Most of us are likely familiar with the saying ‘you are what you eat.’ But what we eat – those food choices – can have a profound impact on the planet.
When people talk about food and sustainability, the focus is usually on how the food is produced. For instance, is it GMO-free? Certified organic? Pasture raised? But just as important as these questions, however, is the question of what is being eaten.
According to a study recently published in PLOS ONE, researchers found that if the global population followed the USDA’s dietary guidelines, there would not be enough land to provide the necessary food. And it’s not even close. According to the University of Guelph researchers, global adherence to the USDA’s dietary guidelines would require one giga-hectare of additional land (which is approximately the size of Canada) under current farming practices.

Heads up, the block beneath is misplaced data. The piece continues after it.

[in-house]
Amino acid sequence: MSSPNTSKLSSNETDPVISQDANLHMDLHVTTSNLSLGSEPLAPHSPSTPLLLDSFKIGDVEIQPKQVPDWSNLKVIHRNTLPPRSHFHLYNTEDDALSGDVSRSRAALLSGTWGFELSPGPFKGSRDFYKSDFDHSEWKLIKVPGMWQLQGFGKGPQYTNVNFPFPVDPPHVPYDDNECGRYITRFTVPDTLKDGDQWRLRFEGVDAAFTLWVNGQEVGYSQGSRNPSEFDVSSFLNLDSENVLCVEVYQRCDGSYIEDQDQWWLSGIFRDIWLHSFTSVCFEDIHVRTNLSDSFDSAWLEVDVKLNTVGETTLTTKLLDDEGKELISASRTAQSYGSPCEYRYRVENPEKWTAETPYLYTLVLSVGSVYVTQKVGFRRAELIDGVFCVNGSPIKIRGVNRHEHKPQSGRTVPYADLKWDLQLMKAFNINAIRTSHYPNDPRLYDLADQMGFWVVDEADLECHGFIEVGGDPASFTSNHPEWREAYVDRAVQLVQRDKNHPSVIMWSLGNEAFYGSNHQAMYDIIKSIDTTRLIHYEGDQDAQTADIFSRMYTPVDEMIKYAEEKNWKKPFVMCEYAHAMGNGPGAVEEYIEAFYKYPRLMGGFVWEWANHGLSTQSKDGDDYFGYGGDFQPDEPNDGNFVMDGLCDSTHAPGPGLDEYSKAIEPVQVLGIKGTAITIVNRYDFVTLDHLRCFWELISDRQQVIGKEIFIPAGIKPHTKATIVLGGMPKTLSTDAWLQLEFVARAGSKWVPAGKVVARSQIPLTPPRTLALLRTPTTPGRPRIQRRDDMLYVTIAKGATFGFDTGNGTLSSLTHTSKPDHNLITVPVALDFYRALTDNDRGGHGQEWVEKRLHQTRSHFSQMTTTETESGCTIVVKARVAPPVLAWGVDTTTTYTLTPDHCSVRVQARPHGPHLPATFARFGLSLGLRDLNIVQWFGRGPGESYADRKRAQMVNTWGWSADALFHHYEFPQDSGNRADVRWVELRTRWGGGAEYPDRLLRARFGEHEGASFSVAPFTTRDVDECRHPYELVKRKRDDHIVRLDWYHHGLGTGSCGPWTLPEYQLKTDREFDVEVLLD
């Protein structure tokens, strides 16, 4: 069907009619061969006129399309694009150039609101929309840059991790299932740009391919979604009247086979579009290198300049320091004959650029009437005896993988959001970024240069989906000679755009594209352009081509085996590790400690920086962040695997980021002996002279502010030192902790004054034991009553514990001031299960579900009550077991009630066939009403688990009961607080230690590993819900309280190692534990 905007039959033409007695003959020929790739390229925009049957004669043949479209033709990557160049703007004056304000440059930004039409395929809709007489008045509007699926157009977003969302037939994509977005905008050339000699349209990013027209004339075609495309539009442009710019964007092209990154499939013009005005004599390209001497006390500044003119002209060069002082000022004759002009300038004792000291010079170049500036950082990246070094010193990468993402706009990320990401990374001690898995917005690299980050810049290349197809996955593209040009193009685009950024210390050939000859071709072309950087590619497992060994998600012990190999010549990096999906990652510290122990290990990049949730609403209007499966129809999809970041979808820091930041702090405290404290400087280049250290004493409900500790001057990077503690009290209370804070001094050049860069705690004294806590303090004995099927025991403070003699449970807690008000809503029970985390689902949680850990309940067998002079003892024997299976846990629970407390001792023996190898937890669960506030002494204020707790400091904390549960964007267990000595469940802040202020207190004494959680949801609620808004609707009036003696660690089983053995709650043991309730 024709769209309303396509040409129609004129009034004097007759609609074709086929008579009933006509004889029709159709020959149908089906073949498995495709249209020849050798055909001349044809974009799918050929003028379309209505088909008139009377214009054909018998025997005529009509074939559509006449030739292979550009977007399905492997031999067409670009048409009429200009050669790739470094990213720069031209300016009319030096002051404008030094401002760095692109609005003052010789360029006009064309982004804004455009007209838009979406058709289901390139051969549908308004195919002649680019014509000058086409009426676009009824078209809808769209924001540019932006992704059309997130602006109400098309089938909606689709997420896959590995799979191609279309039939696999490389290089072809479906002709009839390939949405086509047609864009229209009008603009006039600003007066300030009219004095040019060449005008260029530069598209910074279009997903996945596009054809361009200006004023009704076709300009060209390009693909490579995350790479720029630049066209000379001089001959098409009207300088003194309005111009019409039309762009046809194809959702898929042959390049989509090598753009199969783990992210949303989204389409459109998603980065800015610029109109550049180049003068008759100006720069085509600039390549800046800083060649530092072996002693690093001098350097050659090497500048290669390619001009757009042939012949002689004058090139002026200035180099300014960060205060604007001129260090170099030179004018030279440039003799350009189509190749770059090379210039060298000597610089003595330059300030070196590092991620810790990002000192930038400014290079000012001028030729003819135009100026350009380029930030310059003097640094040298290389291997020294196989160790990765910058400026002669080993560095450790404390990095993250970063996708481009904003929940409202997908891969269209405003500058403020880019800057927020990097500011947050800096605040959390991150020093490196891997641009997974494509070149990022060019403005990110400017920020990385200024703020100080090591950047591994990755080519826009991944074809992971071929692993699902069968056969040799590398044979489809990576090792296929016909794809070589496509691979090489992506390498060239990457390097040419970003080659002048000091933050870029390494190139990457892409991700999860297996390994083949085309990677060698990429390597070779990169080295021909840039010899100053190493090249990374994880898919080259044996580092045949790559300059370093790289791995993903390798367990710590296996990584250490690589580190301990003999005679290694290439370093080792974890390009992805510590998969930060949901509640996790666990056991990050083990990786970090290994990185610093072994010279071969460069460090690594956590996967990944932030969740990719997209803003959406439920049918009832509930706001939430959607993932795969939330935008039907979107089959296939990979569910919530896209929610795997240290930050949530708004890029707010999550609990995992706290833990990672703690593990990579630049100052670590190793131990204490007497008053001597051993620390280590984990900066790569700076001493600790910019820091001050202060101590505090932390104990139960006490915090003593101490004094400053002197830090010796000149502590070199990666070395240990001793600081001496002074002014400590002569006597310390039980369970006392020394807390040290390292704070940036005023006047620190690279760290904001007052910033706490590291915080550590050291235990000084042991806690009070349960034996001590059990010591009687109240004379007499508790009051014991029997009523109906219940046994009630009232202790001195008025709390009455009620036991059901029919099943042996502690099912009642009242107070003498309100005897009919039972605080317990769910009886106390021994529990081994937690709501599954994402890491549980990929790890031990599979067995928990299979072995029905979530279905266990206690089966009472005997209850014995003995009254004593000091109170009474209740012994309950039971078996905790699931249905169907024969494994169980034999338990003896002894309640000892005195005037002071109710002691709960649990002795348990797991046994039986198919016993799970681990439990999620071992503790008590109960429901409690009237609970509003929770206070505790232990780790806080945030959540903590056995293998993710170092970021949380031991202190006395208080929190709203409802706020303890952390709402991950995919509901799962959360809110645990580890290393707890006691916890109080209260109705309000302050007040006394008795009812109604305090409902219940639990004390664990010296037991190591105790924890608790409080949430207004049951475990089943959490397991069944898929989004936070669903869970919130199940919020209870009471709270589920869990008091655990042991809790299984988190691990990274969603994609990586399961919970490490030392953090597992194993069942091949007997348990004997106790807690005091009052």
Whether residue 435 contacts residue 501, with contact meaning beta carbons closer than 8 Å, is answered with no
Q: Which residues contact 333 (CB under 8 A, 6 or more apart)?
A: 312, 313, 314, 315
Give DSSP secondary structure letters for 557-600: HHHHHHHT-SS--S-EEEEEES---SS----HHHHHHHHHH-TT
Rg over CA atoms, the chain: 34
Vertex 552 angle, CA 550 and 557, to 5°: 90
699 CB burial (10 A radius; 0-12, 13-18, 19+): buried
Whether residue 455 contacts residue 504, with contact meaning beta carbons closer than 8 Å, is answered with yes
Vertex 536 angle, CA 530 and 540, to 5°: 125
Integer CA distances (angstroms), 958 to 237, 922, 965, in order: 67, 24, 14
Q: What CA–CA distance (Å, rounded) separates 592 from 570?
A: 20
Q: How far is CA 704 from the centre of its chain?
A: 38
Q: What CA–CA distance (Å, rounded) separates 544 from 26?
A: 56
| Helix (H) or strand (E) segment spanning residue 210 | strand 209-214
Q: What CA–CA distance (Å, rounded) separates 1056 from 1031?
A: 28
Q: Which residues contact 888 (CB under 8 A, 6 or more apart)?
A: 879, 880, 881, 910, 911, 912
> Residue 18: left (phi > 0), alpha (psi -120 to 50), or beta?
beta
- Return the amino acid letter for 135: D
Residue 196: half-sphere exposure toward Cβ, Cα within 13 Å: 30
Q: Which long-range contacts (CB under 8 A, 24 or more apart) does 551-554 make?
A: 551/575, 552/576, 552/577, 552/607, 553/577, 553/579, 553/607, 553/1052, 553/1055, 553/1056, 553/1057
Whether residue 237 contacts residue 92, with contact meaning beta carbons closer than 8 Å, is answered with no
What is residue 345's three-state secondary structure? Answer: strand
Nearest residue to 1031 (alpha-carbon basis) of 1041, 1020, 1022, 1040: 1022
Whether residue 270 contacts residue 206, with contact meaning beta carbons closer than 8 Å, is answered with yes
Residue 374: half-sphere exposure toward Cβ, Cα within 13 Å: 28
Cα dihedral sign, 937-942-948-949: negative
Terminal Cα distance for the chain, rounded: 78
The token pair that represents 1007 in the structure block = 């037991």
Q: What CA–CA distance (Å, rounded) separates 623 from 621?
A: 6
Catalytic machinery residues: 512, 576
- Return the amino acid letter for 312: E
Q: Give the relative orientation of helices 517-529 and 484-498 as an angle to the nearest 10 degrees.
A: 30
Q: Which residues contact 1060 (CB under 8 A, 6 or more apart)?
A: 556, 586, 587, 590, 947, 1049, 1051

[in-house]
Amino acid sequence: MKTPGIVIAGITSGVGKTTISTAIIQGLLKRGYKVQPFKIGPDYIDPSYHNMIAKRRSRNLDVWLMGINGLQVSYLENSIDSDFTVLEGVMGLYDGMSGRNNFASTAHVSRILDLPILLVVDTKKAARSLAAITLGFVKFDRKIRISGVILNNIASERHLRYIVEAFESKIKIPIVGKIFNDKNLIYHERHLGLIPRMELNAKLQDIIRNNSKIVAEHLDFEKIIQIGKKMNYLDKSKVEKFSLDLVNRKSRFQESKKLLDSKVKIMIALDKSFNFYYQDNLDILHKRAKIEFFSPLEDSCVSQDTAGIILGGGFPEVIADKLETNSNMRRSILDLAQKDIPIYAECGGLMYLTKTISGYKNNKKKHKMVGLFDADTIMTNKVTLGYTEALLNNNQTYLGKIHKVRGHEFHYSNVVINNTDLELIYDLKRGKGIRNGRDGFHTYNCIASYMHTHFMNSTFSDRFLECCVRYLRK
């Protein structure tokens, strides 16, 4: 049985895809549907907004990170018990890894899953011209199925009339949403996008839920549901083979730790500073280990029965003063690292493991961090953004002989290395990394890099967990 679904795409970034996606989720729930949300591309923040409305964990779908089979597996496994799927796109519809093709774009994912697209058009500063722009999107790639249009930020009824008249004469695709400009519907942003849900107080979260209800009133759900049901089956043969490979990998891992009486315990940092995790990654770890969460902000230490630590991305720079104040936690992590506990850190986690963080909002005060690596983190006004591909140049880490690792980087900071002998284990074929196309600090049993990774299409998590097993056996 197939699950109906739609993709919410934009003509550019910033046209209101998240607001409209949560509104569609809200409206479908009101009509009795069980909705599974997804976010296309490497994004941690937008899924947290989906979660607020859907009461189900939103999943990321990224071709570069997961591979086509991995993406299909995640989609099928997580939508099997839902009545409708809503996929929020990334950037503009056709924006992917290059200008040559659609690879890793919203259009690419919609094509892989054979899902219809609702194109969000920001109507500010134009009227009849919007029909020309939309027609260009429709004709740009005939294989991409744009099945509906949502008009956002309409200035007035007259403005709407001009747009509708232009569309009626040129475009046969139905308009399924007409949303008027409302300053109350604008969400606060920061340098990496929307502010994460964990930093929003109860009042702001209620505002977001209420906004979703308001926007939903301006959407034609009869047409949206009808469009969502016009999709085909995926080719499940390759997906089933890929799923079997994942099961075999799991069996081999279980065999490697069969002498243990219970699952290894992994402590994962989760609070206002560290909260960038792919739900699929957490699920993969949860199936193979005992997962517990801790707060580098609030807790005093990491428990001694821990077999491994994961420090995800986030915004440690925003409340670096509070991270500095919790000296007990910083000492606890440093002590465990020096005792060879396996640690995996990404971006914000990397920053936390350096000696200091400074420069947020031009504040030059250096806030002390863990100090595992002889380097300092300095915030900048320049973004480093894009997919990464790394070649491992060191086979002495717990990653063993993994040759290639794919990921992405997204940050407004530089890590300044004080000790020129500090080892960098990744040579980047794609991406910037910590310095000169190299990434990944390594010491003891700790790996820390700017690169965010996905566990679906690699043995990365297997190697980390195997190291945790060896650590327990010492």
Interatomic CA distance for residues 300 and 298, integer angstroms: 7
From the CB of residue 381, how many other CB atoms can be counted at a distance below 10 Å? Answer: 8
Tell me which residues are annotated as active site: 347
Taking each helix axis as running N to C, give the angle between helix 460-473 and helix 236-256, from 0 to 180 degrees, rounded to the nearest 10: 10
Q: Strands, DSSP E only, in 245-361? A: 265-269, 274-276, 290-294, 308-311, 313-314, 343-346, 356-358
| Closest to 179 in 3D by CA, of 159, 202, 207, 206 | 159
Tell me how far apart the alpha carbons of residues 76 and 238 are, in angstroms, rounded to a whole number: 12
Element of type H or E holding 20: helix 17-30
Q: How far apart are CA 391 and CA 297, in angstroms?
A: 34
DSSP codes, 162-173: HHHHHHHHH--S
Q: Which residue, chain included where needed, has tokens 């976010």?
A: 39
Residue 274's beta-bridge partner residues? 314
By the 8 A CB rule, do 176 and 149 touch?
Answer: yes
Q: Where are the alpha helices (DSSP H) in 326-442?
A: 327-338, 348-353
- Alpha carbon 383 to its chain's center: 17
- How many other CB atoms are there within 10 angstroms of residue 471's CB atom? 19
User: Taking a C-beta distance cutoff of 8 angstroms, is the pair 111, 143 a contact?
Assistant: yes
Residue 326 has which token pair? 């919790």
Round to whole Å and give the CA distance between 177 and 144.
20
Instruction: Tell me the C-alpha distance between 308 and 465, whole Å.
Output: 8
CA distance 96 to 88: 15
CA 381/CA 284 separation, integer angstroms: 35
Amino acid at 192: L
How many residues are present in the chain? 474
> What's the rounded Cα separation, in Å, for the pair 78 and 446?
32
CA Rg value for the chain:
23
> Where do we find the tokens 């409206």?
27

According to data from the USDA’s website, the typical eating patterns currently practiced by many in the United States do not align with the dietary guidelines. While wider adoption of the dietary guidelines would be an improvement on the current land-intensive diet of the average American, researchers say that the guidelines should be reworked using not just health as criteria but global land use and equity as well.
Researchers say this study is one of the first to examine how the adoption of Western dietary guidelines by the global population would translate into food production, and how that would then dictate land use. In short, it’s not sustainable.
Researchers are calling for international coordination of national dietary guidelines in order to develop diets that are both healthy for our bodies and healthy for the planet.
North American diets require more land than we have, study finds
Photo, posted June 9, 2018, courtesy of Marco Verch via Flickr.
‘Land and Diets’ from Earth Wise is a production of WAMC Northeast Public Radio.
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